Glee Season 6 Episode 4 Review: “The Hurt Locker, Part One”


By the time the first commercial break of “The Hurt Locker, Part One” hit, I knew we were in store for an awful episode of Glee. Maybe I got a little too optimistic after the quality resurgence in the first two weeks of this final season?

“The Hurt Locker, Part One” is written by Glee co-creator Ian Brennan, who, early in the show’s run, produced some of the series quirkiest and funniest episodes. Throughout the past couple seasons, though, Brennan’s installments of Glee have gotten only more and more ridiculous, somehow reaching new absurd of levels in the consistently absurd reality that Glee‘s characters exist in.

Even worse than all the crazy, however, is just how emotionless everything in “The Hurt Locker, Part One” is, from Sue’s sudden passionate devotion to Kurt and Blaine’s relationship to Sam’s hypnotized seduction of Rachel (words I never thought I would type in my life). It’s a random, disjointed hour in which things just happen not due to any sense of character or story but because the writers want Sue’s stupid, over-the-top plan to work and for Jane Lynch to have the opportunity to give insult-filled monologue after insult-filled monologue. It’s Glee at its most snarky and soulless, and it all gets old incredibly quickly.

I understand that most of Sue’s rambling tirades are Glee poking fun at itself and all the ridiculous storylines and forgettable characters that have come and gone throughout the series run. I will admit to laughing when she brought up essentially non-existent glee club members like Matt, Joe, and Rory and at her line about how Will “tears up faster than a gay jihadi in sandstorm.” But being self-aware and having a good sense of humor about your show’s past does not equate to good television and does not excuse you from wasting an entire episode that ignores everything we know about the show’s characters and gives us useless, unnecessary plot after useless, unnecessary plot.

Take Rachel and Sam’s “romance” (if we can even call it that). Sue somehow hypnotizes Sam, because the writers, over the past couple of seasons, have decided to make him the new Brittany, AKA the show’s most brainless character, and gets him to not only seduce Rachel but also cause a rift between her and Will. If Rachel and Sam had actually been given proper build-up and if Glee‘s writers had actually showed some sort of thought and care about Rachel’s feelings in this situation (would Sue, as psychotic as she is, really be cruel enough to try to break Rachel’s heart after everything she went through with Finn?), I still wouldn’t care for this storyline, as it appears that the series is trying to essentially make Sam into Finn 2.0, but at least it wouldn’t leave as bad of a taste in my mouth as it does right now.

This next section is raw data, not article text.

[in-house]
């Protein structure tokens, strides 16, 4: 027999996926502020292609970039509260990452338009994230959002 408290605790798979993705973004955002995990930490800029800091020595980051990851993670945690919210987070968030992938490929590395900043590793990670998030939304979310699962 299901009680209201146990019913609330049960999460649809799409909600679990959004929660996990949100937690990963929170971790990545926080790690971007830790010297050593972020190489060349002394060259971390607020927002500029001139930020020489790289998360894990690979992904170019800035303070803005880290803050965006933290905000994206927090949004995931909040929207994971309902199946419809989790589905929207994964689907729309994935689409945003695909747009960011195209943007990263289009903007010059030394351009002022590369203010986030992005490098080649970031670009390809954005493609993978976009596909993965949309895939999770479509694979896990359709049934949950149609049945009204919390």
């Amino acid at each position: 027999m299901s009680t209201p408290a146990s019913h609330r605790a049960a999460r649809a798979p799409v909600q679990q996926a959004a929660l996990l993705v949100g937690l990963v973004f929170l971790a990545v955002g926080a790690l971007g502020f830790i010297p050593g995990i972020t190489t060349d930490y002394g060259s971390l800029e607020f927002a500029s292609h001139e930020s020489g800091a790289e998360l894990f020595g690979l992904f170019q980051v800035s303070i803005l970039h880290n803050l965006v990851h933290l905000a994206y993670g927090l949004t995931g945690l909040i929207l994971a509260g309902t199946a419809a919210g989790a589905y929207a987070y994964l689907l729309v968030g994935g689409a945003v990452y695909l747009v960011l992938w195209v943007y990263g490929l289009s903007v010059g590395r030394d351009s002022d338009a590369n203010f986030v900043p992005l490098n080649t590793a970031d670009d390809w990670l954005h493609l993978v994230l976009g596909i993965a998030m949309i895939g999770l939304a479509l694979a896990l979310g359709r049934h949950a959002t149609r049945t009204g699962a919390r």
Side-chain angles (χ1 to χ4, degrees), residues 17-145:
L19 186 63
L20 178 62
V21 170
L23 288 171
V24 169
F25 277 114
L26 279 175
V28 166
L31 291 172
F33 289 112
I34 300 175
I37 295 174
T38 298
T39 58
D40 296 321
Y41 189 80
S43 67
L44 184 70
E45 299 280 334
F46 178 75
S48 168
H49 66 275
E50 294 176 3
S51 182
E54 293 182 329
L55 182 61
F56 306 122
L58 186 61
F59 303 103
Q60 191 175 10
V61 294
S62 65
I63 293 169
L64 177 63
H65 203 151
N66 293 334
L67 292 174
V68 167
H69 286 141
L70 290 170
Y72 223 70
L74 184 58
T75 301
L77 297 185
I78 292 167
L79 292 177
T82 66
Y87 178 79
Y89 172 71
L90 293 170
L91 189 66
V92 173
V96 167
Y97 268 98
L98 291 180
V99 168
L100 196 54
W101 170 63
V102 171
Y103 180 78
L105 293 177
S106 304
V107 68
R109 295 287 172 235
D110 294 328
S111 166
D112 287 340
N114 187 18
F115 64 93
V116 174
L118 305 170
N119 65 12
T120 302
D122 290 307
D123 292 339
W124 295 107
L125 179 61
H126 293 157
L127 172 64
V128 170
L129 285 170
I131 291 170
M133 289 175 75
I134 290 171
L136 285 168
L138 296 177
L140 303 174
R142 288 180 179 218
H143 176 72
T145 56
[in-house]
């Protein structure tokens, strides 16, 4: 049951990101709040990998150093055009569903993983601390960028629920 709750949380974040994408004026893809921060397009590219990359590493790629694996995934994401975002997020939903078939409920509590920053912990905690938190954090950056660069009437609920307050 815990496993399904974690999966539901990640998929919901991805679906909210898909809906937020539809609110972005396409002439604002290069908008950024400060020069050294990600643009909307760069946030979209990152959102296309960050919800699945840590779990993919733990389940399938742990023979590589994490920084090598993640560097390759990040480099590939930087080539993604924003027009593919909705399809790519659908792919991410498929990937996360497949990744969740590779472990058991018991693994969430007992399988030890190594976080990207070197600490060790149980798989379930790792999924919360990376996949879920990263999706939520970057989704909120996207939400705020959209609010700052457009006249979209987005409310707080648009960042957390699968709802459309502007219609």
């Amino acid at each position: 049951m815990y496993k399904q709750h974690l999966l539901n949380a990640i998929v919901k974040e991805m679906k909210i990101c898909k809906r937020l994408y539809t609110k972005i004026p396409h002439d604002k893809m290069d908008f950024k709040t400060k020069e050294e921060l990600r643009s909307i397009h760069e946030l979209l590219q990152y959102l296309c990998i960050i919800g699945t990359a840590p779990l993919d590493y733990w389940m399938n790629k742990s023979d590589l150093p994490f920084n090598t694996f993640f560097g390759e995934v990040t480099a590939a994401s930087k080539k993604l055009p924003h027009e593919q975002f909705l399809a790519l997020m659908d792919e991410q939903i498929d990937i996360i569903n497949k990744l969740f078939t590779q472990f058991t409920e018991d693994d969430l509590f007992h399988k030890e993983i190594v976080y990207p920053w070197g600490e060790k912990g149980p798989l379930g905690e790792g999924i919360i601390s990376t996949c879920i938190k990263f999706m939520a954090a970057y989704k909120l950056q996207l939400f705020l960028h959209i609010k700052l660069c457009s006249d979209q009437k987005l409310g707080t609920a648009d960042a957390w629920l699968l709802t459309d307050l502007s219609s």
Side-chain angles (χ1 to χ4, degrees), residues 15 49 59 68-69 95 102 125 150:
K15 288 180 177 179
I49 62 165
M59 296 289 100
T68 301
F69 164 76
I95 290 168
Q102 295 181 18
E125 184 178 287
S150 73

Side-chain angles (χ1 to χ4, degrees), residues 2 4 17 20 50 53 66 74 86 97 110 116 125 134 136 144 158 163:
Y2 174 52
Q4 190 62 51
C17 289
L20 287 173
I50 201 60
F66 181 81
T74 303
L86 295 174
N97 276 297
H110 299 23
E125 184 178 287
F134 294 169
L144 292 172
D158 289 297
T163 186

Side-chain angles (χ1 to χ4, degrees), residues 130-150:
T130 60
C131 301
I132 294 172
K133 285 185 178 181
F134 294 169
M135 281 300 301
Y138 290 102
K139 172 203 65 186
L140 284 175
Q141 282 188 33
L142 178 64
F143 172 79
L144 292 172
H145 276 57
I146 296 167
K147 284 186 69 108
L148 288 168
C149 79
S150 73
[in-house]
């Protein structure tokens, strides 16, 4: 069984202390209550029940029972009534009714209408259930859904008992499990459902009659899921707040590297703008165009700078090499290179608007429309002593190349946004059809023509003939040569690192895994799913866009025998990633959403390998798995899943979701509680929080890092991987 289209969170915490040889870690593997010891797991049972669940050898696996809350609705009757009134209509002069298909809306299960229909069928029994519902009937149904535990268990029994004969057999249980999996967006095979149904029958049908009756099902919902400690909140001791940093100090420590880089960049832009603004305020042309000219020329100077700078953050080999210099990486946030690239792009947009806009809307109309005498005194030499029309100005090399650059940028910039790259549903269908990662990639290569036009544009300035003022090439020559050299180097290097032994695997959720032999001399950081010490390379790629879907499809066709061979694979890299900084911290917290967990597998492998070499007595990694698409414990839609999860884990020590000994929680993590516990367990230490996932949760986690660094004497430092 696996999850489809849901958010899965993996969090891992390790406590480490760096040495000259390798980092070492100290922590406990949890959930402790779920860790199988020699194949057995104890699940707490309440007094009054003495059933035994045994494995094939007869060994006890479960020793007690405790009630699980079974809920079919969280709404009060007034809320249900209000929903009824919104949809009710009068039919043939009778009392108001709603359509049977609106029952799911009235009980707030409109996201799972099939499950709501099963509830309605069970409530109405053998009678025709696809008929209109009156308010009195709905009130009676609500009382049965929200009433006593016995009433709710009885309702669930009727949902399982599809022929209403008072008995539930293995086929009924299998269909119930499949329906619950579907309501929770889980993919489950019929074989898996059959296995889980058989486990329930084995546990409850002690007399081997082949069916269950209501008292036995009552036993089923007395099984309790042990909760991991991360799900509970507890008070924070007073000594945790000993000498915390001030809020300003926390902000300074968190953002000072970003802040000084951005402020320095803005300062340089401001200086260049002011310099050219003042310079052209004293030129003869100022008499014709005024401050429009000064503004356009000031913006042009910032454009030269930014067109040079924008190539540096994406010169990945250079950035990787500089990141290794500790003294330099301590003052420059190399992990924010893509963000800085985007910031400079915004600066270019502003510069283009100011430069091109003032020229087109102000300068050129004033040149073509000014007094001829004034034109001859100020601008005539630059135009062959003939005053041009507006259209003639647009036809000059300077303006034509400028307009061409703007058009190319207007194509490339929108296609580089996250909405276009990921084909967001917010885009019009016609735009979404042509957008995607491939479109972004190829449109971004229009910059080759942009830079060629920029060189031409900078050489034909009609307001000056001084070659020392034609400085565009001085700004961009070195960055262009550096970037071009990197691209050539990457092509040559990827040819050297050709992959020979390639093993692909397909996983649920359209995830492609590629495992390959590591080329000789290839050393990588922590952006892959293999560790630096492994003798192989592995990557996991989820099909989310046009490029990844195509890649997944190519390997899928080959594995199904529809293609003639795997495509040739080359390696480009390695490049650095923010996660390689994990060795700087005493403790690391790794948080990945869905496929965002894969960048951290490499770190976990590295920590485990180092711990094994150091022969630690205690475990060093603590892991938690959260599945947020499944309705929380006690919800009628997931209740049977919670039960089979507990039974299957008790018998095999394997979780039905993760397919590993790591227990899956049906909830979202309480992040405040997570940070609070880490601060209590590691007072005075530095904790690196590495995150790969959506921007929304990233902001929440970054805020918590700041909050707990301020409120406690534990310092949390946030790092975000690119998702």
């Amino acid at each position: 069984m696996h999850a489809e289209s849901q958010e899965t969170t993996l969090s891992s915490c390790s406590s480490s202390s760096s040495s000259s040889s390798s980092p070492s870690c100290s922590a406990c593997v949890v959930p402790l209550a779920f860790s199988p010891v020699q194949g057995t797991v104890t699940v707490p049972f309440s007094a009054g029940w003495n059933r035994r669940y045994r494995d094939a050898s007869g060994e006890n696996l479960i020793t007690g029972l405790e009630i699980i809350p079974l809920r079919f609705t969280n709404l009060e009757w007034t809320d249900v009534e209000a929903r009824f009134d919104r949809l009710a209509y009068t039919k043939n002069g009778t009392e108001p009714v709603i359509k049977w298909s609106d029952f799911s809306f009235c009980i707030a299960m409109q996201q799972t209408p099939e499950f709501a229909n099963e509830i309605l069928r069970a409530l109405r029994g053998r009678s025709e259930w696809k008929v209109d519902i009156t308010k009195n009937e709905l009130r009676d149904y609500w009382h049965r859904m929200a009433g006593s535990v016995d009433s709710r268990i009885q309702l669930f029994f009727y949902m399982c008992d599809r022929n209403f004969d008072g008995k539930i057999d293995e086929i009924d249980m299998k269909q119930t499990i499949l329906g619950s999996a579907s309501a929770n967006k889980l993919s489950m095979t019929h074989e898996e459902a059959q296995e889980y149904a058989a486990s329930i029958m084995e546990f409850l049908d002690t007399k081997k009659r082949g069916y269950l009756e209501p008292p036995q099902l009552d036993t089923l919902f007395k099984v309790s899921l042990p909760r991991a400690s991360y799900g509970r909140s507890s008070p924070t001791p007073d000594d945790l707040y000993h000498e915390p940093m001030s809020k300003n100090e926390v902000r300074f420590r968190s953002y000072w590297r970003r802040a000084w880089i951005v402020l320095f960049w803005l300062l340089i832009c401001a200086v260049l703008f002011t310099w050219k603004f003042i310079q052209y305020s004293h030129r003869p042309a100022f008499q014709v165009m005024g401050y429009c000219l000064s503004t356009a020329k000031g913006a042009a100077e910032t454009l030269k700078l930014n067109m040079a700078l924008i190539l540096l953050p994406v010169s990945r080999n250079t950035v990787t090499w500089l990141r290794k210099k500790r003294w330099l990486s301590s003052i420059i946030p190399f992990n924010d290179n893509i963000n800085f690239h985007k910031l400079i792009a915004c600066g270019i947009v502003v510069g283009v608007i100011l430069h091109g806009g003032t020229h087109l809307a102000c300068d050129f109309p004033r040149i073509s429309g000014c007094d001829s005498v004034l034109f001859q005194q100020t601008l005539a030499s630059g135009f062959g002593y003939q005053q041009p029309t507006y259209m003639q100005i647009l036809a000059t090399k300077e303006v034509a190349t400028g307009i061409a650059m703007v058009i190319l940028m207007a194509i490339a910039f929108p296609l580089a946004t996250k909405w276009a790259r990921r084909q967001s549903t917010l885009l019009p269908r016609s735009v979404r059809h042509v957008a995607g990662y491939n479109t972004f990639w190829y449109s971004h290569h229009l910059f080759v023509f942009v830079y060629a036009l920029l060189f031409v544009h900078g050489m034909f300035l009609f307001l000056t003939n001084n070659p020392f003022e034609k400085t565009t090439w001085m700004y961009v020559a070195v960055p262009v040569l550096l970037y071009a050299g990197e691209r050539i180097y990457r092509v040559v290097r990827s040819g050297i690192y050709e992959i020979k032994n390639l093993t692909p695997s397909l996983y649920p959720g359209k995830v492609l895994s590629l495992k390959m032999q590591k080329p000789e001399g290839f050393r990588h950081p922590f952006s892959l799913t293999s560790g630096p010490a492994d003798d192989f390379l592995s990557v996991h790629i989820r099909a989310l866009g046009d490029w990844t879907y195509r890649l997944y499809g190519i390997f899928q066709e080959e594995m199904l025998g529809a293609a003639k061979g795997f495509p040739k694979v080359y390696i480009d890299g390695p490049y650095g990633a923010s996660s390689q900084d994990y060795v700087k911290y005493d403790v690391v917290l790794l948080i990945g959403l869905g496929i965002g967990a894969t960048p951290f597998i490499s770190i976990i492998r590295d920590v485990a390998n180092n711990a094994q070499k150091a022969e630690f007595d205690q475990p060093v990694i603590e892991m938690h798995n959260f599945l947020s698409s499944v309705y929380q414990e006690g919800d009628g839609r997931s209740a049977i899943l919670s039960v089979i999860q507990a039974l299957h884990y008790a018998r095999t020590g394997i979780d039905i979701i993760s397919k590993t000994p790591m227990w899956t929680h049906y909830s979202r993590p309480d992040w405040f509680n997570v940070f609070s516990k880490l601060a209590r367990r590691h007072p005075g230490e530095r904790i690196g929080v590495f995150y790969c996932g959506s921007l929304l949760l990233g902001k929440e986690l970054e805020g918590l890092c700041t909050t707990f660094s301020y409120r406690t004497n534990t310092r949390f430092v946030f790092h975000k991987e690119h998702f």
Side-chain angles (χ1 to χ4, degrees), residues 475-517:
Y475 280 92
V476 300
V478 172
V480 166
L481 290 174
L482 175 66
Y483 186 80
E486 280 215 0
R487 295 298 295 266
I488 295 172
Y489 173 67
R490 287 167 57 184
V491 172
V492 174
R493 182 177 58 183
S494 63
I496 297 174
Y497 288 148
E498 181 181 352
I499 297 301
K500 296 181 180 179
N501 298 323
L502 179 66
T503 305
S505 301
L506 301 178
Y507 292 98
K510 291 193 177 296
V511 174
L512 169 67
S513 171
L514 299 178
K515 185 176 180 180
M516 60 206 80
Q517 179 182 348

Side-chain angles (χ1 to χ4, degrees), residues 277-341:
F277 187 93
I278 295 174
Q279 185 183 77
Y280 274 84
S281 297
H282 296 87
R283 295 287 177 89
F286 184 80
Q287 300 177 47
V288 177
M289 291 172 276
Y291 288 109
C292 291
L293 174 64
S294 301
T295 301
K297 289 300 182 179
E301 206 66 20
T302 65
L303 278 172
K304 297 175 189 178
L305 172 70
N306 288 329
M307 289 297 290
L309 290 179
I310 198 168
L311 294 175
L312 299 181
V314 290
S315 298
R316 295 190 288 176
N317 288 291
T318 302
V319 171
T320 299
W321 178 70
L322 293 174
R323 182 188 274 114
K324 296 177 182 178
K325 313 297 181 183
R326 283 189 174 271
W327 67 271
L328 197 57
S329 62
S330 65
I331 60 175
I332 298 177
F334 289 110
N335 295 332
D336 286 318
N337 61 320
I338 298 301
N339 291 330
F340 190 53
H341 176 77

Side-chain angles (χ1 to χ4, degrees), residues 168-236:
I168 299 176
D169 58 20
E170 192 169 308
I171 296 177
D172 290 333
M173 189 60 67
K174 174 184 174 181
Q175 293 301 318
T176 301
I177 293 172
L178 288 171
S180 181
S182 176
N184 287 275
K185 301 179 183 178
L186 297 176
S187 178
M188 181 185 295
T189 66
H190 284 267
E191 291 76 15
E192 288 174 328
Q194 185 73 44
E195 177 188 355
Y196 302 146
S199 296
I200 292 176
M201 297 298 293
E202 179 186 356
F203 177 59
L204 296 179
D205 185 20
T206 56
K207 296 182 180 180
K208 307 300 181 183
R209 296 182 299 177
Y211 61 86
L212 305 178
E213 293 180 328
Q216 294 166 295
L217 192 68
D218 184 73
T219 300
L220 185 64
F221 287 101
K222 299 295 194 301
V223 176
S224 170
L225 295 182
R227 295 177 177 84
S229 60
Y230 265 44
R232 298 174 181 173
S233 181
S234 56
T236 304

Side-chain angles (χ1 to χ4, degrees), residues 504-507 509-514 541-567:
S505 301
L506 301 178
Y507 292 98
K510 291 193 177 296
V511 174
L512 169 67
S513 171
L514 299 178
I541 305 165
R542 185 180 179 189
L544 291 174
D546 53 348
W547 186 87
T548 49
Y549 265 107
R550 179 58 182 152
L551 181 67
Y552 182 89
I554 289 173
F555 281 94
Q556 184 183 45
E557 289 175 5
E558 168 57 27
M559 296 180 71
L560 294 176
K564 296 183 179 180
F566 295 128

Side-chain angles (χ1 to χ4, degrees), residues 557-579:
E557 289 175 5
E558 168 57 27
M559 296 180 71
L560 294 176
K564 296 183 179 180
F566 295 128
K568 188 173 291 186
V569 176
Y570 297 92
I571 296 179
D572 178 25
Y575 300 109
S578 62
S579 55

Similarly, the writers are selling Will’s character, and his relationship with Rachel, short by making him believe Sam’s claims without even giving Rachel a call to see what actually happened. As competitive and ambitious as Rachel is, would Will, who I would argue knows her better than anyone on the show at this point, really think that she was capable of doing this? I don’t buy that for one second.

And then there’s everything that’s going on between Kurt, Blaine, and Karofsky, which still doesn’t feel natural or earned. This week Sue’s the puppeteer pulling the strings, as she unleashes a bear cub into Blaine and Karofsky’s apartment and ensures that all of Karofsky’s exes show up at the couple’s date at Breadstix, all in attempt to help Kurt and Blaine get back together. Still, even, if Sue wasn’t the one orchestrating the events, there would still be a genuineness lacking in this whole plot, as Karofsky has transformed from the actual character he was in Glee‘s second and third seasons into merely a roadblock in Kurt and Blaine’s eventual reunion.

Even though Glee is not what it used to be in its early years, “The Hurt Locker, Part One” is still a very disappointing hour for the series, one that doesn’t even give us any good music aside from Rachel and Sam’s duet of Vanessa Carlton’s “A Thousand Miles.” Here’s hoping next week’s “Part Two” can repair some of the creative damage inflected in tonight’s episode, although I have to admit that any and all of my optimism about Glee and this final season is quickly starting to disappear.

What did everyone else think of tonight’s episode of Glee?

[Photo via FOX]


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